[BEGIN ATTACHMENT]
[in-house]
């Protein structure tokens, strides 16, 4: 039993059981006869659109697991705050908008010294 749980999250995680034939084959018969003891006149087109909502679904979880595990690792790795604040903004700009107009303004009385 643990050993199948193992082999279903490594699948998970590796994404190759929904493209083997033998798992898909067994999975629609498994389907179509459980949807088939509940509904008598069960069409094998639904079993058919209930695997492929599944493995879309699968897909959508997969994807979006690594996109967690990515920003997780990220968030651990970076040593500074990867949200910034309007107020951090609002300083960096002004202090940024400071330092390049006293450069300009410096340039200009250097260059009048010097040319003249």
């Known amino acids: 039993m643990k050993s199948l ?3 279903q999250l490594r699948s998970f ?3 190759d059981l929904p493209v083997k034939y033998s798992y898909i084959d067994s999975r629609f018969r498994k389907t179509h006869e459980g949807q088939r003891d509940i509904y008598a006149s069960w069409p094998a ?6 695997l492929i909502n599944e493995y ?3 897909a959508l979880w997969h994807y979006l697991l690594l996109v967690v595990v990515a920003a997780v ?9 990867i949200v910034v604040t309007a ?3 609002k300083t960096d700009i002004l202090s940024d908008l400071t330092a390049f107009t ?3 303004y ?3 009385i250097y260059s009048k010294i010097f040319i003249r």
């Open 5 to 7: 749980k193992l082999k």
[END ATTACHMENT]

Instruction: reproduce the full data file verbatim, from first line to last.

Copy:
[in-house]
């Protein structure tokens, strides 16, 4: 039993059981006869659109697991705050908008010294 749980999250995680034939084959018969003891006149087109909502679904979880595990690792790795604040903004700009107009303004009385 643990050993199948193992082999279903490594699948998970590796994404190759929904493209083997033998798992898909067994999975629609498994389907179509459980949807088939509940509904008598069960069409094998639904079993058919209930695997492929599944493995879309699968897909959508997969994807979006690594996109967690990515920003997780990220968030651990970076040593500074990867949200910034309007107020951090609002300083960096002004202090940024400071330092390049006293450069300009410096340039200009250097260059009048010097040319003249």
């Known amino acids: 039993m643990k050993s199948l ?3 279903q999250l490594r699948s998970f ?3 190759d059981l929904p493209v083997k034939y033998s798992y898909i084959d067994s999975r629609f018969r498994k389907t179509h006869e459980g949807q088939r003891d509940i509904y008598a006149s069960w069409p094998a ?6 695997l492929i909502n599944e493995y ?3 897909a959508l979880w997969h994807y979006l697991l690594l996109v967690v595990v990515a920003a997780v ?9 990867i949200v910034v604040t309007a ?3 609002k300083t960096d700009i002004l202090s940024d908008l400071t330092a390049f107009t ?3 303004y ?3 009385i250097y260059s009048k010294i010097f040319i003249r």
């Open 5 to 7: 749980k193992l082999k």